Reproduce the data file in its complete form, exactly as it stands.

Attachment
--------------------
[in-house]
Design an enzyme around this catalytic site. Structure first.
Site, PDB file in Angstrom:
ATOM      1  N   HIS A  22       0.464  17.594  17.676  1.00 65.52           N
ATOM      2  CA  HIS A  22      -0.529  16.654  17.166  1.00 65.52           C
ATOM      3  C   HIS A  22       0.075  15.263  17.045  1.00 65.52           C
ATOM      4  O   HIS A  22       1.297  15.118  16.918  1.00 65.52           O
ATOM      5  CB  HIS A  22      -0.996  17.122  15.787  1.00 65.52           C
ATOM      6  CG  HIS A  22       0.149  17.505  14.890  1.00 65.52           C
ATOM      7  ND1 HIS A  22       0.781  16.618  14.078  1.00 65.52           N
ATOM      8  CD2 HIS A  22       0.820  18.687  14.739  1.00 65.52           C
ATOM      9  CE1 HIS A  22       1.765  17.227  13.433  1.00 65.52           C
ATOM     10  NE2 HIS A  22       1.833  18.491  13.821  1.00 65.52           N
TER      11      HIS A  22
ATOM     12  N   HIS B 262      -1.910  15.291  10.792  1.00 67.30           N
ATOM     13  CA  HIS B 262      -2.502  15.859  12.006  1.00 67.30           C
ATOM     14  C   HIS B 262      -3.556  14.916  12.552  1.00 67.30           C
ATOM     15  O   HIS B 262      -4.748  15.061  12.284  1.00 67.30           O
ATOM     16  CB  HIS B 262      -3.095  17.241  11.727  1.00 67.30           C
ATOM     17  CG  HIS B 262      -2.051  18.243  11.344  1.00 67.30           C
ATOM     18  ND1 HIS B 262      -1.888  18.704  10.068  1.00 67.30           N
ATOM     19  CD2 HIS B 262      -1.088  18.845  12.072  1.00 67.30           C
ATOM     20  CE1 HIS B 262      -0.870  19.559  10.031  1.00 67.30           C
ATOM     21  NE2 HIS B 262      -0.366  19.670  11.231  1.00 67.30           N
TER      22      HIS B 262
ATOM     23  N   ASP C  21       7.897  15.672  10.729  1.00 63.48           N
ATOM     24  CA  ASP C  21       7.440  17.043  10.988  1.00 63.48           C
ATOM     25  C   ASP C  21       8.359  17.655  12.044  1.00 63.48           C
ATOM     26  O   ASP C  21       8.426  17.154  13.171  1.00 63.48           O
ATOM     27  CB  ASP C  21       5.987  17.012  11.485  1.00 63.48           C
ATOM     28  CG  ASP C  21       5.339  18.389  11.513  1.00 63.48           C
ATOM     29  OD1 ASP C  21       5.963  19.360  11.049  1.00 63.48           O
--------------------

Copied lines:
[in-house]
Design an enzyme around this catalytic site. Structure first.
Site, PDB file in Angstrom:
ATOM      1  N   HIS A  22       0.464  17.594  17.676  1.00 65.52           N
ATOM      2  CA  HIS A  22      -0.529  16.654  17.166  1.00 65.52           C
ATOM      3  C   HIS A  22       0.075  15.263  17.045  1.00 65.52           C
ATOM      4  O   HIS A  22       1.297  15.118  16.918  1.00 65.52           O
ATOM      5  CB  HIS A  22      -0.996  17.122  15.787  1.00 65.52           C
ATOM      6  CG  HIS A  22       0.149  17.505  14.890  1.00 65.52           C
ATOM      7  ND1 HIS A  22       0.781  16.618  14.078  1.00 65.52           N
ATOM      8  CD2 HIS A  22       0.820  18.687  14.739  1.00 65.52           C
ATOM      9  CE1 HIS A  22       1.765  17.227  13.433  1.00 65.52           C
ATOM     10  NE2 HIS A  22       1.833  18.491  13.821  1.00 65.52           N
TER      11      HIS A  22
ATOM     12  N   HIS B 262      -1.910  15.291  10.792  1.00 67.30           N
ATOM     13  CA  HIS B 262      -2.502  15.859  12.006  1.00 67.30           C
ATOM     14  C   HIS B 262      -3.556  14.916  12.552  1.00 67.30           C
ATOM     15  O   HIS B 262      -4.748  15.061  12.284  1.00 67.30           O
ATOM     16  CB  HIS B 262      -3.095  17.241  11.727  1.00 67.30           C
ATOM     17  CG  HIS B 262      -2.051  18.243  11.344  1.00 67.30           C
ATOM     18  ND1 HIS B 262      -1.888  18.704  10.068  1.00 67.30           N
ATOM     19  CD2 HIS B 262      -1.088  18.845  12.072  1.00 67.30           C
ATOM     20  CE1 HIS B 262      -0.870  19.559  10.031  1.00 67.30           C
ATOM     21  NE2 HIS B 262      -0.366  19.670  11.231  1.00 67.30           N
TER      22      HIS B 262
ATOM     23  N   ASP C  21       7.897  15.672  10.729  1.00 63.48           N
ATOM     24  CA  ASP C  21       7.440  17.043  10.988  1.00 63.48           C
ATOM     25  C   ASP C  21       8.359  17.655  12.044  1.00 63.48           C
ATOM     26  O   ASP C  21       8.426  17.154  13.171  1.00 63.48           O
ATOM     27  CB  ASP C  21       5.987  17.012  11.485  1.00 63.48           C
ATOM     28  CG  ASP C  21       5.339  18.389  11.513  1.00 63.48           C
ATOM     29  OD1 ASP C  21       5.963  19.360  11.049  1.00 63.48           O